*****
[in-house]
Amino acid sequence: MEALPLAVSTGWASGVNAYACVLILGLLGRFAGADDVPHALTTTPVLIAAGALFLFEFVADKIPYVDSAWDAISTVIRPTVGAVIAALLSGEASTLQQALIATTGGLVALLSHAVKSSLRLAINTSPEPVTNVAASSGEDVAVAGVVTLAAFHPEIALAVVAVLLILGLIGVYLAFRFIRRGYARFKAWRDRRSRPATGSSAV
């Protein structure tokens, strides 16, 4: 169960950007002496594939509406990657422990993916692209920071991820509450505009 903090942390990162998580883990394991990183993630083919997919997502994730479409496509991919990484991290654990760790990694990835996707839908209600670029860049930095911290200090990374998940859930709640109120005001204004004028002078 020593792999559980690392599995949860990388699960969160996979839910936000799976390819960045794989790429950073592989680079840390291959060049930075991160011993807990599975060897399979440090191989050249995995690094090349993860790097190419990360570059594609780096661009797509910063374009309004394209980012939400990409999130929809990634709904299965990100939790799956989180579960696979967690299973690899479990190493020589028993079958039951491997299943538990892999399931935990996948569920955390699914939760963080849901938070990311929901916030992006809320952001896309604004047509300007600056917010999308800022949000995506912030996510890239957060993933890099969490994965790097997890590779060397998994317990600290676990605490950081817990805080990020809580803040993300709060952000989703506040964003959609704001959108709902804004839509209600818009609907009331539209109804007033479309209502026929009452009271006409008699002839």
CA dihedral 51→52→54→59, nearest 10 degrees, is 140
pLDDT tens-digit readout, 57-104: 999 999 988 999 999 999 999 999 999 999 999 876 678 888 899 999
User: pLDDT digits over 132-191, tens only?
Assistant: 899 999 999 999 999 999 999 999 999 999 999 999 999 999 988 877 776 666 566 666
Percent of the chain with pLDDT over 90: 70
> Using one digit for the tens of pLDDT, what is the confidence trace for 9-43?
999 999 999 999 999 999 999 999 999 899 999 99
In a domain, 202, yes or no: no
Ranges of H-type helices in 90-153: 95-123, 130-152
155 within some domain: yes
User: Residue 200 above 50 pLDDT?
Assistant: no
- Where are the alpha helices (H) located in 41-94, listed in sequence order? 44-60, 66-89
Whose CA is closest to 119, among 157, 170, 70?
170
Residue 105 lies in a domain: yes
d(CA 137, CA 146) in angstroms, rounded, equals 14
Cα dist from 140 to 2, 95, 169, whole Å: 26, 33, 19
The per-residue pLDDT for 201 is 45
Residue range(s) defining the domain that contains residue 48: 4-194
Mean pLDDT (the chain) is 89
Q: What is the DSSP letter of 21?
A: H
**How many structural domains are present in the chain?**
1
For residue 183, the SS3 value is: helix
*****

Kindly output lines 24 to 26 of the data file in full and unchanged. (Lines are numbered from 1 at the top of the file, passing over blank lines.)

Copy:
Mean pLDDT (the chain) is 89
Q: What is the DSSP letter of 21?
A: H